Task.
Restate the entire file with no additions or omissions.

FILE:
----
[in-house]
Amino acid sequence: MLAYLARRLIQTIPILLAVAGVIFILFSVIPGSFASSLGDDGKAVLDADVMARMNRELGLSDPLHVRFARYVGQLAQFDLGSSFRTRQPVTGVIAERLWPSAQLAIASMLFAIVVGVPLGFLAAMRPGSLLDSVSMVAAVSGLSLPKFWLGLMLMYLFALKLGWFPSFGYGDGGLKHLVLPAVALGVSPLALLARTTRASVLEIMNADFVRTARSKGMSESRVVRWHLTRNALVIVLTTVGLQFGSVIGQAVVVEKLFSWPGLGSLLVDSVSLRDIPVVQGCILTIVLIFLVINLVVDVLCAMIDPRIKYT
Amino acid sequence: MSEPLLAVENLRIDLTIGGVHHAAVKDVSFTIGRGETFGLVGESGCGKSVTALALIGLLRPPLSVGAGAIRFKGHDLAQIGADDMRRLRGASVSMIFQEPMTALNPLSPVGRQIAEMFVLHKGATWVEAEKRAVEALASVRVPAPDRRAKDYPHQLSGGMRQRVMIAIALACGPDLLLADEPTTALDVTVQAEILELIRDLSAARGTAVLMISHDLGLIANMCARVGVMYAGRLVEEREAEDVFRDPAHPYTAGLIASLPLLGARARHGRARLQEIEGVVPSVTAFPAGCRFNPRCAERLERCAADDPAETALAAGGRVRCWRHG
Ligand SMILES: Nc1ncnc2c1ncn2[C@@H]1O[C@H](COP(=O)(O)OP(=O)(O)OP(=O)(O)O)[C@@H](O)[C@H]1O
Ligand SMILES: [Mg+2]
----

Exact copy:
[in-house]
Amino acid sequence: MLAYLARRLIQTIPILLAVAGVIFILFSVIPGSFASSLGDDGKAVLDADVMARMNRELGLSDPLHVRFARYVGQLAQFDLGSSFRTRQPVTGVIAERLWPSAQLAIASMLFAIVVGVPLGFLAAMRPGSLLDSVSMVAAVSGLSLPKFWLGLMLMYLFALKLGWFPSFGYGDGGLKHLVLPAVALGVSPLALLARTTRASVLEIMNADFVRTARSKGMSESRVVRWHLTRNALVIVLTTVGLQFGSVIGQAVVVEKLFSWPGLGSLLVDSVSLRDIPVVQGCILTIVLIFLVINLVVDVLCAMIDPRIKYT
Amino acid sequence: MSEPLLAVENLRIDLTIGGVHHAAVKDVSFTIGRGETFGLVGESGCGKSVTALALIGLLRPPLSVGAGAIRFKGHDLAQIGADDMRRLRGASVSMIFQEPMTALNPLSPVGRQIAEMFVLHKGATWVEAEKRAVEALASVRVPAPDRRAKDYPHQLSGGMRQRVMIAIALACGPDLLLADEPTTALDVTVQAEILELIRDLSAARGTAVLMISHDLGLIANMCARVGVMYAGRLVEEREAEDVFRDPAHPYTAGLIASLPLLGARARHGRARLQEIEGVVPSVTAFPAGCRFNPRCAERLERCAADDPAETALAAGGRVRCWRHG
Ligand SMILES: Nc1ncnc2c1ncn2[C@@H]1O[C@H](COP(=O)(O)OP(=O)(O)OP(=O)(O)O)[C@@H](O)[C@H]1O
Ligand SMILES: [Mg+2]